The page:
Unknown users, how to delete them and who they are


  • We have seen users that we didn’t create or that are not part of our security realm. Where did they come from? Is it safe to delete them?



The first step is to check how these users were created. To do this, please execute this script on “Manage Jenkins” -> “Script console”. This script will generate a CSV output with the permissions, type of users, and how they were created.

If you are checking out source code from an SCM, Jenkins automatically creates local accounts that track the authors of commits to the SCM repo, if those accounts do not already exist. Since usernames are likely to be the same across multiple SCM systems, as well as Jenkins itself, ideally we end up with a single Jenkins user record that maps to all source code changes that person made. This enables features such as seeing all builds that contain code committed by a given user, or emailing commit authors (based on their Jenkins user account email address) when a build fails. These auto-generated users are not on the secure realm, so they are not going to be able to log in and they have no permission in Jenkins. If you later explicitly create a Jenkins account with the same username, this commit history data will be preserved and associated with that account.

These users can safely be deleted, but they will be recreated when the user shows up as an SCM author again. The above-mentioned script will detail what users have been created due to SCM checkouts on the description field.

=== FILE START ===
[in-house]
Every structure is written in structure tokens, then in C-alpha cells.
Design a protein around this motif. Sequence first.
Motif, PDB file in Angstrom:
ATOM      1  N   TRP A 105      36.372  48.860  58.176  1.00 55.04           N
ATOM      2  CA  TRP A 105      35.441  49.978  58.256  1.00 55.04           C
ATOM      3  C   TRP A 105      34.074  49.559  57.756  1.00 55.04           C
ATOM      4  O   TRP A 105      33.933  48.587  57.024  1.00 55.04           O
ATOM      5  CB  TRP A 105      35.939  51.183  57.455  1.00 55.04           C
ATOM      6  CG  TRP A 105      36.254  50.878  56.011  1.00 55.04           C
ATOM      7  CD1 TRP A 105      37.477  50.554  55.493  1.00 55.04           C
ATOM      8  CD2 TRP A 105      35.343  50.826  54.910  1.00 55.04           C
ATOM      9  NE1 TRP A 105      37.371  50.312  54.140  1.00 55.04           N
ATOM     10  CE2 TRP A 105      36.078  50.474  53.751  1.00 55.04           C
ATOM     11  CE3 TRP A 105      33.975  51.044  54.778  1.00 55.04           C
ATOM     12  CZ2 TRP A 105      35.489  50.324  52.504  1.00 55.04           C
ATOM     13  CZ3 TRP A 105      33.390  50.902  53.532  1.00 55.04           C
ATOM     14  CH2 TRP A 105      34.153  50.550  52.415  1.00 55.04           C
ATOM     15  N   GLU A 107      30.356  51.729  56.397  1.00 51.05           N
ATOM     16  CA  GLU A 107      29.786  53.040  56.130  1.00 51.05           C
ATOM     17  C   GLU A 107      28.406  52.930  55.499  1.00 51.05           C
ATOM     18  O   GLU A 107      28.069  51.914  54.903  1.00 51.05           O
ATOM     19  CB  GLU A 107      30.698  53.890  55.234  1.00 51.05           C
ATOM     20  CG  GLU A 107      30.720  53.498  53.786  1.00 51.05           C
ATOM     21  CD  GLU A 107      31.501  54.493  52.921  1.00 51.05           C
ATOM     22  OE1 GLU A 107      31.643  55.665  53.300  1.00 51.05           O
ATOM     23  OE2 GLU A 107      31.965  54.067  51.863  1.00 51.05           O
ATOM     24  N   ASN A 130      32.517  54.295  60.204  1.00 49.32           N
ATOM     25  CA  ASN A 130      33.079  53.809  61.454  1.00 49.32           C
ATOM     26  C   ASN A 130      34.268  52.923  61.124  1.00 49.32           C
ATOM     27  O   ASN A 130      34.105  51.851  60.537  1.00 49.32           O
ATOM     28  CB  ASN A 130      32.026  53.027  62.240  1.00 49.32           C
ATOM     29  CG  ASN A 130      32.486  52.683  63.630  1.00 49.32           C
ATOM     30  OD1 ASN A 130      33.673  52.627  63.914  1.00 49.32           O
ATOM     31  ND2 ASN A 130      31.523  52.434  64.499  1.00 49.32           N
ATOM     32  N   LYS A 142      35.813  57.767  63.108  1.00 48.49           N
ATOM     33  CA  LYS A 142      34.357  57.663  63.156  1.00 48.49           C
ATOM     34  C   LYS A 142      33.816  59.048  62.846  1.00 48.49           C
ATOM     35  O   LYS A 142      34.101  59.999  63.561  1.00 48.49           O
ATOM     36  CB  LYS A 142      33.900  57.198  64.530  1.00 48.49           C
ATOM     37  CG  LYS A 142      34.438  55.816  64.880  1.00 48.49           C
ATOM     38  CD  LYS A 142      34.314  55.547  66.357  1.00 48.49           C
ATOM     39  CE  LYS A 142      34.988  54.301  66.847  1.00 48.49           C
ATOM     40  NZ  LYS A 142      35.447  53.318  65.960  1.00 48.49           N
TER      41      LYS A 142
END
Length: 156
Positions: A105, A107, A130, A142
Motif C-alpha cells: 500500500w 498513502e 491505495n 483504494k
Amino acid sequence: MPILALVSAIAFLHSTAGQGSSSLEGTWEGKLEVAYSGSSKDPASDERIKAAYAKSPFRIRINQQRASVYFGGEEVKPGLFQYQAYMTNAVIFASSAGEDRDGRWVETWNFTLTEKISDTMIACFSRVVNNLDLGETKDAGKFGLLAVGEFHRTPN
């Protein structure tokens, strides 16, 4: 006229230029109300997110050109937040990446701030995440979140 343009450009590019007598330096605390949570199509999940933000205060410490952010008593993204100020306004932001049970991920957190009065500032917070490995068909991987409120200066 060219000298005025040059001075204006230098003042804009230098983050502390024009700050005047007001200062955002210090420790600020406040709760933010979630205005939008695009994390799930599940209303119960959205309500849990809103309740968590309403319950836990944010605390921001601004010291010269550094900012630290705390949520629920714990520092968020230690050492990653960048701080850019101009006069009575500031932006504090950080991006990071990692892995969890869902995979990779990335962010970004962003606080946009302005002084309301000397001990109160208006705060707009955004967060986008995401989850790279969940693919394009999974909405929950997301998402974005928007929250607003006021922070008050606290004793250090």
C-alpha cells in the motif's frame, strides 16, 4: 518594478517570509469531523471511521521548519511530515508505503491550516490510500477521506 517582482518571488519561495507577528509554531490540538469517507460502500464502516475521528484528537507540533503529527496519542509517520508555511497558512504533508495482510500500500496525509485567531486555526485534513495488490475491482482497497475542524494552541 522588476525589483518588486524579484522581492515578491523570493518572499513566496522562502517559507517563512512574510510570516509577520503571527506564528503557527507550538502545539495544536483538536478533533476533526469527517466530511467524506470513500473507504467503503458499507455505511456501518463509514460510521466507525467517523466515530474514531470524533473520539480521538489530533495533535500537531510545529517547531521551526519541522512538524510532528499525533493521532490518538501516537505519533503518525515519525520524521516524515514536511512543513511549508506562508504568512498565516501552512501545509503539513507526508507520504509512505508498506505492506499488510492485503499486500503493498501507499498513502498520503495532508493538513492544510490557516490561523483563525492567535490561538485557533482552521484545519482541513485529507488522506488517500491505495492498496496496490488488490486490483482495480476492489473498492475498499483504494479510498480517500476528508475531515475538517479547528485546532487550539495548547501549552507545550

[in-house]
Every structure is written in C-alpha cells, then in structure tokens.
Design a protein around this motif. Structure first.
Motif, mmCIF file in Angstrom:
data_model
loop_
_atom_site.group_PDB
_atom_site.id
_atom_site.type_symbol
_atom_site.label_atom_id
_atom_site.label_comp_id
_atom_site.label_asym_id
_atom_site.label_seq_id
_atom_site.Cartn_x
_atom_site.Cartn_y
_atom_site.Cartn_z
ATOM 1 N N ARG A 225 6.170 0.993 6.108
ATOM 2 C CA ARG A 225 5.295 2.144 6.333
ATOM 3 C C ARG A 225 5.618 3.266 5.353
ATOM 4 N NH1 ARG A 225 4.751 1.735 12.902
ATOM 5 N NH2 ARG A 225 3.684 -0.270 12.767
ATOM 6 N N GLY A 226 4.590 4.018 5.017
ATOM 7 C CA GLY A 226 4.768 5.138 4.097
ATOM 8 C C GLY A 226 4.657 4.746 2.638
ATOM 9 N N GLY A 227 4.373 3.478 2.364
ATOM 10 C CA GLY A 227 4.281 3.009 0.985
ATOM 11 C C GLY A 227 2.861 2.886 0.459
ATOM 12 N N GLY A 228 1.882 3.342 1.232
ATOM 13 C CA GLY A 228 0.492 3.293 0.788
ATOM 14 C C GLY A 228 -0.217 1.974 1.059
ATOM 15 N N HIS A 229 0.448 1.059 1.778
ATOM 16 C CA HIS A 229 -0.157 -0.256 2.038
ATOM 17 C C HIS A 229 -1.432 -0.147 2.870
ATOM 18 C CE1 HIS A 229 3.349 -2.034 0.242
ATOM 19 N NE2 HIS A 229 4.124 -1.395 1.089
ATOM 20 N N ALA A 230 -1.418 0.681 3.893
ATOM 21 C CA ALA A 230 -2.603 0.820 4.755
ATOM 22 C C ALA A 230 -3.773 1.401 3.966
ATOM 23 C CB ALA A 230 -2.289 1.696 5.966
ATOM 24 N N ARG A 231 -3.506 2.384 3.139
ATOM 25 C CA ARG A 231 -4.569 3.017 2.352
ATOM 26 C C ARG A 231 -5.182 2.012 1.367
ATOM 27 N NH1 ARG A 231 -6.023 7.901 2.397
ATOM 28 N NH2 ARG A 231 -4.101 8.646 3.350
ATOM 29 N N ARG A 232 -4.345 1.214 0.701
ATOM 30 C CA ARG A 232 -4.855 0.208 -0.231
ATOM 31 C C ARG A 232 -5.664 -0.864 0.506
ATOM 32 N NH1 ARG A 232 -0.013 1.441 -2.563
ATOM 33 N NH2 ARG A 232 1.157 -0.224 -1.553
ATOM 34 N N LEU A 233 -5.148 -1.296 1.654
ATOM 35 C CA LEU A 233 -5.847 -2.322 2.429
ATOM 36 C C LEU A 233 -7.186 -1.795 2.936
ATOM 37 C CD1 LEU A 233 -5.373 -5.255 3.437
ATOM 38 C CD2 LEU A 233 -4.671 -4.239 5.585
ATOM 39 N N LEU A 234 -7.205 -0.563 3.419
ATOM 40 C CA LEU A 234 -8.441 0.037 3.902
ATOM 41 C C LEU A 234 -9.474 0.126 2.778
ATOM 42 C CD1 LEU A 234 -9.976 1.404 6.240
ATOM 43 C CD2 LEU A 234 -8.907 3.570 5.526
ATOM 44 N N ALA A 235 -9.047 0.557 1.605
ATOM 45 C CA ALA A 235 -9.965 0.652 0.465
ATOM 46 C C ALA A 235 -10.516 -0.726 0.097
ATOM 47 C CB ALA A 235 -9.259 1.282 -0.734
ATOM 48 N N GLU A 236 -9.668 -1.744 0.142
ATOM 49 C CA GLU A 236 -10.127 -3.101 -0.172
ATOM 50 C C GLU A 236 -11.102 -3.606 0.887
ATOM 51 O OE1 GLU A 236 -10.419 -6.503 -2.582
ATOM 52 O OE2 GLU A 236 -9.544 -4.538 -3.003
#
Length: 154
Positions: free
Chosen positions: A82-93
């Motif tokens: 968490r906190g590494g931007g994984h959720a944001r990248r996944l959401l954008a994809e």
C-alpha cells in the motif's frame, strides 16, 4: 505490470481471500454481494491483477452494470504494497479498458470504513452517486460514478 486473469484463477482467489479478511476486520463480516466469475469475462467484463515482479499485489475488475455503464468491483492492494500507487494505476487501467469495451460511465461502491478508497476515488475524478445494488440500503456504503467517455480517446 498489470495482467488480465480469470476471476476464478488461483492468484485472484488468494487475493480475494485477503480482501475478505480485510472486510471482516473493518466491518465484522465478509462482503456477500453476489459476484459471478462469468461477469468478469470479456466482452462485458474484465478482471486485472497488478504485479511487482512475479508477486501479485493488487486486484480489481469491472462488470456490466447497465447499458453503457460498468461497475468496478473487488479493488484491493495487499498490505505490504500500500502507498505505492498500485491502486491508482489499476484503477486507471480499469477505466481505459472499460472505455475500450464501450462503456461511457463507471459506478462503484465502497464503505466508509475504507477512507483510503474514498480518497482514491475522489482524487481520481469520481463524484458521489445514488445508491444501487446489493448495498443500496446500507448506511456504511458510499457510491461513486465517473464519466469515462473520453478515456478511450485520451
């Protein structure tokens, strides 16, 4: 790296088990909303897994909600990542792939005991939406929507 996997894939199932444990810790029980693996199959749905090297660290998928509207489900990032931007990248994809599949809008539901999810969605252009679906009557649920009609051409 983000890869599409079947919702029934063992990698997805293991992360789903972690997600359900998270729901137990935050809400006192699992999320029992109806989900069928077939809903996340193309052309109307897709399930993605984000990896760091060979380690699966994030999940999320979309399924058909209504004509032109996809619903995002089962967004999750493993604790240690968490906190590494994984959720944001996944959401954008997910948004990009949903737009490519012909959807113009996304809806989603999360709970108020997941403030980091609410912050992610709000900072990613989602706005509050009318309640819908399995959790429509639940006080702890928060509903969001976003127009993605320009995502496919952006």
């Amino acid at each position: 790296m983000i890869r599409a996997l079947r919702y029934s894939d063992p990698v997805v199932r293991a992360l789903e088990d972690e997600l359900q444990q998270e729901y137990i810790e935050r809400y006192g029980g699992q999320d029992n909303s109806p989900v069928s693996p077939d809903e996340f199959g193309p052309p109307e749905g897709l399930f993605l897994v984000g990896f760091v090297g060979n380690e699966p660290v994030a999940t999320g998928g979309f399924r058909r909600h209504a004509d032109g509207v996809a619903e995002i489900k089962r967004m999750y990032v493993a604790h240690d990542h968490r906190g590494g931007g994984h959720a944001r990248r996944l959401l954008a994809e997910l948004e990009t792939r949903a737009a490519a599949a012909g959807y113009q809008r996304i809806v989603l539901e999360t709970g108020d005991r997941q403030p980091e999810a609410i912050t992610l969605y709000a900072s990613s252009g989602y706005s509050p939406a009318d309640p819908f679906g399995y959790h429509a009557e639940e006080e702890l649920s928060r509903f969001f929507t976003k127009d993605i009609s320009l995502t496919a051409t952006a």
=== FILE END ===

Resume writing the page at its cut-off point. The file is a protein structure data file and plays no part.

Alternativelly, you may have users that are no longer being used, or users that have left the company that can also be removed.

To delete those users, you can run the below script from the Script Console, indicating the user name:

import hudson.model.User
User currentuser = User.get('UserToDelete')

In case you are working with several Controllers connected to an Operation Center instead of a standalone Controller, you will need to run this script on every Controller, so the user can be removed from all the instances. Do do so, you may need to create a Cluster Operation in your Operation Center, and then add a step to run the above script in all the connected controllers. Once done, this will execute the script on each instance, and therefore remove the desired user from each Controller.

Please note that deleting a user will also remove the credentials and tokens associated to that user, so ensure you are removing unknown or unnecessary users.

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